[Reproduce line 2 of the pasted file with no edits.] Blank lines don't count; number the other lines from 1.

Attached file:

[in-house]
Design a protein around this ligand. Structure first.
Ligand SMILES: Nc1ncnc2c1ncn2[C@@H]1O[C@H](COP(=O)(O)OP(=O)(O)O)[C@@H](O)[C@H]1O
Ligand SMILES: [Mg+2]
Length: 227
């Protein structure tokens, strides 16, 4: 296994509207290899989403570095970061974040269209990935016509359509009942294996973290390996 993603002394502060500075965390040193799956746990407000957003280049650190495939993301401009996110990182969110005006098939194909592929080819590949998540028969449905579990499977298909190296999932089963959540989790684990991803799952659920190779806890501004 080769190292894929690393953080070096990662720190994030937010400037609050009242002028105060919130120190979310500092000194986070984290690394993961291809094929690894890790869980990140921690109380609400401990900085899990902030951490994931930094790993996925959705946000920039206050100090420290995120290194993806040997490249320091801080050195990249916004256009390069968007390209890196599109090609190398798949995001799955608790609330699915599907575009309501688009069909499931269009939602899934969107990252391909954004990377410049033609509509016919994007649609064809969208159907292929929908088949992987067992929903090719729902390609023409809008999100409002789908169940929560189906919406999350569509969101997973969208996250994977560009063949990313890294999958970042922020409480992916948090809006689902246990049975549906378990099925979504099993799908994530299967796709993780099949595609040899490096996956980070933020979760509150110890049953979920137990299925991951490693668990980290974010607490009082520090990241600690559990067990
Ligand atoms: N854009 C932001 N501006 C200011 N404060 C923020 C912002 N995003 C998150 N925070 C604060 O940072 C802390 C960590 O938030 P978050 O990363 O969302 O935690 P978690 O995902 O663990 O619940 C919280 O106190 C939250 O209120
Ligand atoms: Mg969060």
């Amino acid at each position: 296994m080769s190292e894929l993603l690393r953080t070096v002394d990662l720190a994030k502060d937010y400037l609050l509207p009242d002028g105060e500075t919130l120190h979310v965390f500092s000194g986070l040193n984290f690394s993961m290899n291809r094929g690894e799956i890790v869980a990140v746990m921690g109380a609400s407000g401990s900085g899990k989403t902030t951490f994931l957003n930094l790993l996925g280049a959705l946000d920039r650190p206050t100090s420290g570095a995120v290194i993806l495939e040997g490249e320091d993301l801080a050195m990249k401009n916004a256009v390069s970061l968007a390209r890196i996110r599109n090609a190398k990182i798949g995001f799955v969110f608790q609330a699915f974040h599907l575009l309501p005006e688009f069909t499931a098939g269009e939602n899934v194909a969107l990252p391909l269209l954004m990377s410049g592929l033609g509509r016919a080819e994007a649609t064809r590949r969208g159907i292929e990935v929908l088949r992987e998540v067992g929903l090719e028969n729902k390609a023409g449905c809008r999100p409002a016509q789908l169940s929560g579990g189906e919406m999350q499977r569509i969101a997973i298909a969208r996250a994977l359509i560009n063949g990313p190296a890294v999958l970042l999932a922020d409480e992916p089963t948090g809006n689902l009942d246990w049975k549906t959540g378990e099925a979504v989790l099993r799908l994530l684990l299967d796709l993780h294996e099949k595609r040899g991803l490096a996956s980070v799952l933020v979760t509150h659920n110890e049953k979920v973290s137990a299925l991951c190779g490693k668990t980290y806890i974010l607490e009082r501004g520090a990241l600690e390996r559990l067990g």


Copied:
Design a protein around this ligand. Structure first.